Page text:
The narrative begins to unravel near the end, mainly because it’s so loosely-knit to begin with. But until then, Lapsis is chock-full of satiric commentary, mostly about conformity and greed. Quantum could just as easily be Amazon, Nestle, Apple or the phone service I have the privilege of paying 200 bucks a months for…companies whose monopolizing business practices not-only go unquestioned by John Q. Public, we’re ultimately unable to avoid them. For a grassroots piece of budget-conscious sci-fi, Lapsis ends up being surprisingly perceptive.
Judas and the Black Messiah is also massively entertaining. Not only does it shine a light on an important African-American revolutionary – and reminds us that not much has changed since then – the film features vivid, engaging characters, authentic dialogue & production design and a killer soundtrack (both the score and H.E.R.’s Oscar winning song, “Fight for You”). Easily one of 2020’s best.
Extraordinarily poignant without ever lapsing into heavy-handed sentimentality (though the temptation had to be strong), Nomadland has the viewer poised for an emotional crescendo that never actually comes. Instead, the story defies expectations by coming full circle without any kind of obvious resolution. But that’s only on the surface. Upon reflection, we realize we have been experiencing Fern’s character transformation and life-changing epiphanies the entire time.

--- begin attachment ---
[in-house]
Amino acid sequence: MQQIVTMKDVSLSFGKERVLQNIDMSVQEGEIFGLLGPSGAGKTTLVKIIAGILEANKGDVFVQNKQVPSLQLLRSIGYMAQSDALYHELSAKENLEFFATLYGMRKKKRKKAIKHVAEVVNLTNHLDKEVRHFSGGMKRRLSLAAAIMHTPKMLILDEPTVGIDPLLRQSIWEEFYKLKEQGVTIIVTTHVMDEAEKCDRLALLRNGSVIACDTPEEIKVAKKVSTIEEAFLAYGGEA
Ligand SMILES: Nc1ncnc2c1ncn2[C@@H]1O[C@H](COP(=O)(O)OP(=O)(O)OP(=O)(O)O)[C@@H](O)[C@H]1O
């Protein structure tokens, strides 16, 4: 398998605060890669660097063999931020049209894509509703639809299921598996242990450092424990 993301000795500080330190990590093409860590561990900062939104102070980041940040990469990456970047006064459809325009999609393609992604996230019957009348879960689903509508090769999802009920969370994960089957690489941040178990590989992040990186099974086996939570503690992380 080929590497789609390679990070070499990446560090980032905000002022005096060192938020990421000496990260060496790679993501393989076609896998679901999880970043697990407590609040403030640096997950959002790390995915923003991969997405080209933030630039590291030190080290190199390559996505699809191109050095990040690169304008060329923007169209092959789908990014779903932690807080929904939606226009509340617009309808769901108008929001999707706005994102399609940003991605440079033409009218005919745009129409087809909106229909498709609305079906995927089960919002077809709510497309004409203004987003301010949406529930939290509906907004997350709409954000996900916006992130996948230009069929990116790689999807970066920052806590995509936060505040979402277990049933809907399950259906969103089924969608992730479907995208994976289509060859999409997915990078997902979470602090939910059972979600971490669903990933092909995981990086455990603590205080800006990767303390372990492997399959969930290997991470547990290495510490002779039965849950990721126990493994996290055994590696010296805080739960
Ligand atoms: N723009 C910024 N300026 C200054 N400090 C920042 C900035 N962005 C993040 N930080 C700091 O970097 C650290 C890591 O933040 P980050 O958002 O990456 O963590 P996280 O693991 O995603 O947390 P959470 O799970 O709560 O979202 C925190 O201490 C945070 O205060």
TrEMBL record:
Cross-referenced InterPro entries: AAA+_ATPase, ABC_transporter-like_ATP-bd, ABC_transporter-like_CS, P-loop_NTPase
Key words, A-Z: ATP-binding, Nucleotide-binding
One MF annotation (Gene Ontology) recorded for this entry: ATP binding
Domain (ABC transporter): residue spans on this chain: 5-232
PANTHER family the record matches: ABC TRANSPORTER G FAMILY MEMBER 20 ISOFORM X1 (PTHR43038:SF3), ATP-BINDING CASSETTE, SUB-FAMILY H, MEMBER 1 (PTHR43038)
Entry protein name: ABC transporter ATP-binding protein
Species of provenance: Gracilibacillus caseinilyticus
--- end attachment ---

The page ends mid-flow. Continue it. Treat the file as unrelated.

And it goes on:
While not quite the horror film one might have been hoping for, The Reckoning tells an interesting story, features a couple of despicable antagonists and comes to a satisfying conclusion. It may not have werewolves, cave-dwelling mutants or cannibal road warriors, but it’s certainly Neil Marshall’s best work since those days.
Most of us probably remember the 9.0 earthquake and tsunami that hit Japan in 2011, but I doubt many were aware of how close the country came to being an uninhabitable wasteland. Fukushima 50 tells that story pretty well, and despite a lot of techno-jargon, in terms we can understand. Though not as shocking or incendiary as Chernobyl, the film offers another strong argument that maybe we’d be better off sticking up more windmills.
With so many movies logging 2½ – 3hrs standard these days, its easy to forget how good, simply, a movie at an hour half can be. Again, very straightforward, well executed story delivered with a minor twist, the inspiration for the film, The Archer is a great survival/revenge story well worth a view.